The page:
• There isn’t as much of a “family” of Bolts (e.g. if you see another on the road it isn’t that big of a deal–seeing another FFE on the road is surprising and you usually would get a wave).
  • The choice of included features seems a bit odd: I have the LT trim level instead of premier. It has power mirrors, blind-spot alert, but manual seats, and auto headlamps. It seems like GM just went through a check list for LT: “don’t need that, uncheck, don’t need that uncheck, etc.”
  • The HVAC system still takes some getting used to. In the FFE it was easy to put it into “vent” mode (turn A/C off and turn temp to “LO”) in the Bolt you turn off Heat/A/C but that doesn’t seem to turn off all the high-current HVAC systems.
A year with the Bolt

Adding a new EV to the stable..sort of

Today I added another EV to the garage. The battery isn’t nearly as big as the Bolt’s, its open air, has two wheels, and …. pedals. (Yeah not a motorcycle although those Zero’s look cool but I’d probably kill myself on one.)

The recommendation for this addition comes from a rather unusual source–at least for EV related things: a camping forum. There has been some discussion about eBikes over in a camping forum I follow. I’ve enjoyed the occasional bike ride since I was a kid–I wouldn’t call myself a “serious” rider, just a casual one. The idea, however, of a bike that I could ride for miles and wouldn’t tire me out nearly as much sounded very appealing.

The next decision is: wow that is the most expensive bike I’ve ever purchased (yeah I know you can find bikes much much more expensive but again “casual” rider). At some point, however, you have to decide: either s$$t or get off the pot…

So here we are, an ebike in front of an ecar LOL:

Bike in front of Bolt

That my dear friends is a Rad Mini eBike. Like I said above: $1,499 is the most I’ve ever paid for a bike, but boy is it fun. It arrived today and I’ve already put 14 miles on the thing–more miles than I’ve put on my normal bike in the past year (yeah I said “casual” LOL). I figure I’ll get out on this far more than my old bike.

What to do when you get a new bike? Head off to the local park with a bunch of bike trails (actually two different parks but who’s counting). The thing really eats up the trails and pavement.

All of the Rad bikes have both a throttle (if you’re feeling really lazy), or an assist feature. The assist feature has 6 levels: 0 – 5. Level 0 is no assist–you can feel what it takes to push you and the bike’s mass (31 kg) around. Level 5 is maximum assist: you barely have to pedal to keep moving. The bike has a rotation sensor on the front sprocket measuring how fast you’re pedaling. That speed combined with the assist level determines how much power is sent to the motor. Since its a speed sensor and not a torque sensor it takes about a revolution of the front sprocket before you feel the motor kick in (this invisible hand just pushes you along LOL).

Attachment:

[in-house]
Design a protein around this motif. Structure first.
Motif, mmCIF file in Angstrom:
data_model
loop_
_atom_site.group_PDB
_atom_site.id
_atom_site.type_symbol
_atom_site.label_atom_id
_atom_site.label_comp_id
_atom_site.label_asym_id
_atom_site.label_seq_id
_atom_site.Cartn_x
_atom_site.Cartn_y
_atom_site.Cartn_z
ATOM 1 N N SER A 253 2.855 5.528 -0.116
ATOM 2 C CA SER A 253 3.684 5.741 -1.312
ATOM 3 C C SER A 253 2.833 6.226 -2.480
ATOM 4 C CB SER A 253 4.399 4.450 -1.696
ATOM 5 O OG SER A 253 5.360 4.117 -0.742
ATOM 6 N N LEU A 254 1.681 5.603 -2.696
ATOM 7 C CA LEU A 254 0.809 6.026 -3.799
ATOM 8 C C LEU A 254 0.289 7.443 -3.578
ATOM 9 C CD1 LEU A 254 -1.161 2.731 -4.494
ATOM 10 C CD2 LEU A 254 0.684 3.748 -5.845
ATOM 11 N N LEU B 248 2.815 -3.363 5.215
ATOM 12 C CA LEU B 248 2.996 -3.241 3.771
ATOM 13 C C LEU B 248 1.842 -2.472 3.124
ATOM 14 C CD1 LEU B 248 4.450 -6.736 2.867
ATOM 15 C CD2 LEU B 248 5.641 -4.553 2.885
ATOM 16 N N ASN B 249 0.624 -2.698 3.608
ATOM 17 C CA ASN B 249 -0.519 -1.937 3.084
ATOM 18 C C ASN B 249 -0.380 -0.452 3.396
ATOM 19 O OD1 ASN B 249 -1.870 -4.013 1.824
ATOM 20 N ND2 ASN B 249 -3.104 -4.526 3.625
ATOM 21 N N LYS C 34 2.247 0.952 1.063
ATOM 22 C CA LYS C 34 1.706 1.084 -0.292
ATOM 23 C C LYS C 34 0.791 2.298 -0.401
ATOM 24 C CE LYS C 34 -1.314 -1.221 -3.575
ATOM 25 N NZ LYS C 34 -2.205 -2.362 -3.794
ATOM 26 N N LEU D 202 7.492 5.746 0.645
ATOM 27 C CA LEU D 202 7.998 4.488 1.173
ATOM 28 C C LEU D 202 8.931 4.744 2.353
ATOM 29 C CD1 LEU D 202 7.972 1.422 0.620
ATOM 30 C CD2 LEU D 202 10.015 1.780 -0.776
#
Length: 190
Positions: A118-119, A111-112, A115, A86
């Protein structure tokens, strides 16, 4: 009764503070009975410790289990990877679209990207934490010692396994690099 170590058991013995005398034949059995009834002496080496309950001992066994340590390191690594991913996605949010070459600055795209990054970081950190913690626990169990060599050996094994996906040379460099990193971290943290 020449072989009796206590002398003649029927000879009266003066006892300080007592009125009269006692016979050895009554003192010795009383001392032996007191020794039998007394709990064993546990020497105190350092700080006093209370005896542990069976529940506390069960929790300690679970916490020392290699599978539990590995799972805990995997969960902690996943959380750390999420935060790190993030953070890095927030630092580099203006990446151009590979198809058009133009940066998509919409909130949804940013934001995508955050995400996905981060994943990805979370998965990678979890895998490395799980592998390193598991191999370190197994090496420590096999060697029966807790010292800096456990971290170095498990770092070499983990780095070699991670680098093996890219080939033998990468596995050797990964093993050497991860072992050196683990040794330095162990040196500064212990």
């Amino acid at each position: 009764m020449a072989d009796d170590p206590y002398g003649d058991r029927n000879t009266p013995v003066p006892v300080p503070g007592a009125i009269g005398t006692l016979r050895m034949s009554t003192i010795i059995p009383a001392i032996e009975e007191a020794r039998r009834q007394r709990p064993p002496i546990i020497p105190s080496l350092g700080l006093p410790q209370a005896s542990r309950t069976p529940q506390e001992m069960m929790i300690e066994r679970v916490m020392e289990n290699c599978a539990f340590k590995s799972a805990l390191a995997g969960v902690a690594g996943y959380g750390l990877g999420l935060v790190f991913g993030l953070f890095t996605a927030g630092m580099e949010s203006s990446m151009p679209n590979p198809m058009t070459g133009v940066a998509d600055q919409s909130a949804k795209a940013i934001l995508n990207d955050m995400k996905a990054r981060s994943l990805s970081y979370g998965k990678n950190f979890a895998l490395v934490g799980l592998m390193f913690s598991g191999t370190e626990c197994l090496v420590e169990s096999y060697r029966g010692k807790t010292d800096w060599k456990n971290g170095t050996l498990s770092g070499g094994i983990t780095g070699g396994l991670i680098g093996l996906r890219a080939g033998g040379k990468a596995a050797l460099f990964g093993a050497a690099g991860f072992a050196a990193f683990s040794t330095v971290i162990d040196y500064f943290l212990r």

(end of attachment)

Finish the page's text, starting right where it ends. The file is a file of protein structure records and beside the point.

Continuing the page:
I’ve found, in the short time I’ve had it, that it is really easy to use the gears to set how fast you want to pedal, then you set the assist level to determine how hard you want to pedal. The park I visited is very flat with wide open spaces that are prone to a lot of wind. On the non windy areas I was using level 2 and when the wind kicked in level 3. Both settings made it easy to maintain about a 16 mph pace–a bit faster than the parks 10 mph limit..oops! LOL

At the end of the day, however, its time to pack up the bike and bring it home. I don’t have a rack that can hold the Mini–yet so what to do? Well it has a neat trick: it folds up so I can just shove it into the Bolt LOL:

A Bike in a Bolt

You may be wondering: hey if the bike is doing the work, how are you getting any exercise? Well on 2 or 3 I still have to pedal and help move the bike, and if its more fun I’ll be out using it a lot more than the regular bike–just don’t tell Google fit; it thinks I’m an Olympic Cyclist now.

Adding a new EV to the stable..sort of